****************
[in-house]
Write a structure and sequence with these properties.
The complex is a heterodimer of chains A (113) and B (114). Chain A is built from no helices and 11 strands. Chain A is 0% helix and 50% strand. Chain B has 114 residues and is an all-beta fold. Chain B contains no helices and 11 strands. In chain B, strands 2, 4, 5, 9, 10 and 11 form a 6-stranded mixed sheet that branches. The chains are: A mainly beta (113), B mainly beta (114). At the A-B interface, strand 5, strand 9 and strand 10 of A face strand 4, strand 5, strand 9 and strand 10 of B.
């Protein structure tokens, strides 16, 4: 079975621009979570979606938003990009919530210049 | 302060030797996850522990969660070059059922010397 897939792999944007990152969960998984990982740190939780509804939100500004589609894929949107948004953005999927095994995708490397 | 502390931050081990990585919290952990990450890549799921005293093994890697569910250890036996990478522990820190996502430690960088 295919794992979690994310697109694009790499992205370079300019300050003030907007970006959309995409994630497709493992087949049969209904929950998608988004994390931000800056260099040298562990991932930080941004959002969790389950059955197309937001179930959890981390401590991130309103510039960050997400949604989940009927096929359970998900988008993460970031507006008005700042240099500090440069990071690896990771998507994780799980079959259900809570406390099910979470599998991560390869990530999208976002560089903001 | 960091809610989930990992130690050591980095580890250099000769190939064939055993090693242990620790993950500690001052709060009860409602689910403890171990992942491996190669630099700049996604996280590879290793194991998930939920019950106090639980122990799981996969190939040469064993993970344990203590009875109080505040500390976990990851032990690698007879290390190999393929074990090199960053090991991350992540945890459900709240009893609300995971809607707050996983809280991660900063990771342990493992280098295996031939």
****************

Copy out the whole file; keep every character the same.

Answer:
[in-house]
Write a structure and sequence with these properties.
The complex is a heterodimer of chains A (113) and B (114). Chain A is built from no helices and 11 strands. Chain A is 0% helix and 50% strand. Chain B has 114 residues and is an all-beta fold. Chain B contains no helices and 11 strands. In chain B, strands 2, 4, 5, 9, 10 and 11 form a 6-stranded mixed sheet that branches. The chains are: A mainly beta (113), B mainly beta (114). At the A-B interface, strand 5, strand 9 and strand 10 of A face strand 4, strand 5, strand 9 and strand 10 of B.
């Protein structure tokens, strides 16, 4: 079975621009979570979606938003990009919530210049 | 302060030797996850522990969660070059059922010397 897939792999944007990152969960998984990982740190939780509804939100500004589609894929949107948004953005999927095994995708490397 | 502390931050081990990585919290952990990450890549799921005293093994890697569910250890036996990478522990820190996502430690960088 295919794992979690994310697109694009790499992205370079300019300050003030907007970006959309995409994630497709493992087949049969209904929950998608988004994390931000800056260099040298562990991932930080941004959002969790389950059955197309937001179930959890981390401590991130309103510039960050997400949604989940009927096929359970998900988008993460970031507006008005700042240099500090440069990071690896990771998507994780799980079959259900809570406390099910979470599998991560390869990530999208976002560089903001 | 960091809610989930990992130690050591980095580890250099000769190939064939055993090693242990620790993950500690001052709060009860409602689910403890171990992942491996190669630099700049996604996280590879290793194991998930939920019950106090639980122990799981996969190939040469064993993970344990203590009875109080505040500390976990990851032990690698007879290390190999393929074990090199960053090991991350992540945890459900709240009893609300995971809607707050996983809280991660900063990771342990493992280098295996031939």